DRESS syndrome stands for Drug Reaction (or Rash) with Eosinophilia and Systemic Symptoms. The term was coined in a 1996 report in an attempt to simplify terminology for a syndrome recognized as early as 1959. It is a syndrome, caused by exposure to certain medications, that may cause a rash, fever, inflammation of internal organs, lymphadenopathy, and characteristic hematologic abnormalities such as eosinophilia, thrombocytopenia, and atypical lymphocytosis. The syndrome carries about a 10% mortality. Treatment consists of stopping the offending medication and providing supportive care. Systemic steroids are commonly used as well; however, there are no controlled clinical trials to assess the efficacy of this treatment.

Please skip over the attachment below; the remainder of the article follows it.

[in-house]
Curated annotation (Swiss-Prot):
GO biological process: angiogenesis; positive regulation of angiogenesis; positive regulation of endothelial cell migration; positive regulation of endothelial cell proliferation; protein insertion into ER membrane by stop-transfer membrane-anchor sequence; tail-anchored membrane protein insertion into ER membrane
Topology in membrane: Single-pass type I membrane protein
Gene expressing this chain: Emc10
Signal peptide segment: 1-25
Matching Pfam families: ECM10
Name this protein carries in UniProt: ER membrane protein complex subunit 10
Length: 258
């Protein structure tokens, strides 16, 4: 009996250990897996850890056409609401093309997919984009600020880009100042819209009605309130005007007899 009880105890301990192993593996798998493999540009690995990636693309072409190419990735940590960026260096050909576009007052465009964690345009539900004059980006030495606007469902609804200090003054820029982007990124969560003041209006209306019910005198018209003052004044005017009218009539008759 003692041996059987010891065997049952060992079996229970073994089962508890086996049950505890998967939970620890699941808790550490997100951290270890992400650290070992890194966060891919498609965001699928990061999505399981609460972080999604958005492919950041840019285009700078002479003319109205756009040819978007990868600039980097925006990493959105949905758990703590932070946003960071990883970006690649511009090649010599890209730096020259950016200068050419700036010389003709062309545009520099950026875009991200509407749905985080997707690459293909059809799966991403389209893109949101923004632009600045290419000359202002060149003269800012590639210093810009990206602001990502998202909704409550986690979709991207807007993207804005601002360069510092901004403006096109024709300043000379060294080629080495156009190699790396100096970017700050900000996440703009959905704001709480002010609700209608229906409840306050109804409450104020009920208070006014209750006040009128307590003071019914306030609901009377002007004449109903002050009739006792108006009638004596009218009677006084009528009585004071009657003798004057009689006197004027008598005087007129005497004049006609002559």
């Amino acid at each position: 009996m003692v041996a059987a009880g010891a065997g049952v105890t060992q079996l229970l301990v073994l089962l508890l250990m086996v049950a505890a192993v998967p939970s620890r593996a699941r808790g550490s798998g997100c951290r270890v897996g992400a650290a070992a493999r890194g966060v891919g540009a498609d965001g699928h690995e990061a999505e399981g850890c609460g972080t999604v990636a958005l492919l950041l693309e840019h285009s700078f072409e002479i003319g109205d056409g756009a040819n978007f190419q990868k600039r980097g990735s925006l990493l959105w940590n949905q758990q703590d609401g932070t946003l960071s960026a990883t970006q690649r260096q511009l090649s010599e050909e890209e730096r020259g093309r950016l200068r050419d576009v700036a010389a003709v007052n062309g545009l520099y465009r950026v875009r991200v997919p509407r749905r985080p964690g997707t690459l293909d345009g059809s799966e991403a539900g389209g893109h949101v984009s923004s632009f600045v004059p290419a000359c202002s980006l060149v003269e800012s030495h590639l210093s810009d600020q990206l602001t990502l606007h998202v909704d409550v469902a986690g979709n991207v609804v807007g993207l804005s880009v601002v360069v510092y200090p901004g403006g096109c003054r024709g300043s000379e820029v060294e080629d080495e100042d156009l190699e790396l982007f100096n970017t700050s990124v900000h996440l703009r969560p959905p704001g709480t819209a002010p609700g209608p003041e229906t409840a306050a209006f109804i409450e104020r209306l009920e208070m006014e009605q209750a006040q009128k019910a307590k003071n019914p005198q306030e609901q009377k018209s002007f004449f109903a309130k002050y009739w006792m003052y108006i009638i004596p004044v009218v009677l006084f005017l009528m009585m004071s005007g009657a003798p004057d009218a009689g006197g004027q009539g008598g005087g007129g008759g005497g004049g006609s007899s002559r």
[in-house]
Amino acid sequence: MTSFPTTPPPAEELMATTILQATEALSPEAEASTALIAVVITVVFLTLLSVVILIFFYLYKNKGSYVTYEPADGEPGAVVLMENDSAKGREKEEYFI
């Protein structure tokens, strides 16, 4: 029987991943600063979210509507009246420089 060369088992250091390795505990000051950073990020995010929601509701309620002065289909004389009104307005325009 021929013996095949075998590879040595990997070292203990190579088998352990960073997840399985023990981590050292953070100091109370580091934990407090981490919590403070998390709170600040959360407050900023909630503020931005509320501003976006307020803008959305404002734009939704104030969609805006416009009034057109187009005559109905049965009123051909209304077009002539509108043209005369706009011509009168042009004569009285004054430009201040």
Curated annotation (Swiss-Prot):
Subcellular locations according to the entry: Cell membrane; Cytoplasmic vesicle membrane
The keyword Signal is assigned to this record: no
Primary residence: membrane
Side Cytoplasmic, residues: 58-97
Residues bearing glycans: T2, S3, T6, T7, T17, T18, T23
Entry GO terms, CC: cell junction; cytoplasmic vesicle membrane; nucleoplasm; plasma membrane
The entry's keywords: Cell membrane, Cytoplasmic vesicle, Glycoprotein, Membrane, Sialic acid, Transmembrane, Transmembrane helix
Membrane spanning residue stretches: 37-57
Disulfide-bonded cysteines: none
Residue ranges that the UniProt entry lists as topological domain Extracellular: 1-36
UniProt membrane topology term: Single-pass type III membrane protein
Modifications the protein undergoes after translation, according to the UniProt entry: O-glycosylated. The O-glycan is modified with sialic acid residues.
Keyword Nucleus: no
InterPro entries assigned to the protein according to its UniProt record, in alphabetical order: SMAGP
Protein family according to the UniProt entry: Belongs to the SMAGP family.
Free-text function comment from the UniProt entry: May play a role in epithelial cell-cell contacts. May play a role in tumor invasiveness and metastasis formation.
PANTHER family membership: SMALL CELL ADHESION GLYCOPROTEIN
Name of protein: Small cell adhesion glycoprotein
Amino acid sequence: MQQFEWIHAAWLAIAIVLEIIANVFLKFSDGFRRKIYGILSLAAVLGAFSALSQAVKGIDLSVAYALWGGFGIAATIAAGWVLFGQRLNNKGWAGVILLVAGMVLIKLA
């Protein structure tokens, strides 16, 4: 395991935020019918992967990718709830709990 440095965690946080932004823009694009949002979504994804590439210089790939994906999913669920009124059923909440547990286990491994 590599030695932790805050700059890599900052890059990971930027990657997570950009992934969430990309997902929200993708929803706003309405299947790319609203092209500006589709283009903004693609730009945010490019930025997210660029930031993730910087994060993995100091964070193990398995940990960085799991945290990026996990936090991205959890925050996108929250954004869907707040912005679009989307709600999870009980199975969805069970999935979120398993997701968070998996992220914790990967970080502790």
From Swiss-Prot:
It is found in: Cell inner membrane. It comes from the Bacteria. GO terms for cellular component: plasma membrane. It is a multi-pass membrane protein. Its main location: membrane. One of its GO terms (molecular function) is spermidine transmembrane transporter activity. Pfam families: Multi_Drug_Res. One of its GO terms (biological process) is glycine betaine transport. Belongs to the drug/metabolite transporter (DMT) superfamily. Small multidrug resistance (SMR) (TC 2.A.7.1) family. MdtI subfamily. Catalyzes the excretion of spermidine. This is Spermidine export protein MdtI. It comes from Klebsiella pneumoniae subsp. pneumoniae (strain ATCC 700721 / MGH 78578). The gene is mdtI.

Other articles related to "dress syndrome":
... Drugs that commonly induce DRESS syndrome include phenobarbital, carbamazepine, phenytoin, lamotrigine, minocycline, sulfonamides, allopurinol ...
Famous quotes containing the words syndrome and/or dress:
“[T]he syndrome known as life is too diffuse to admit of palliation. For every symptom that is eased, another is made worse. The horse leechs daughter is a closed system. Her quantum of wantum cannot vary.”
—Samuel Beckett (19061989)
“A blond in a red dress can do without introductionsbut not without a bodyguard.”
—Rona Jaffe (b. 1932)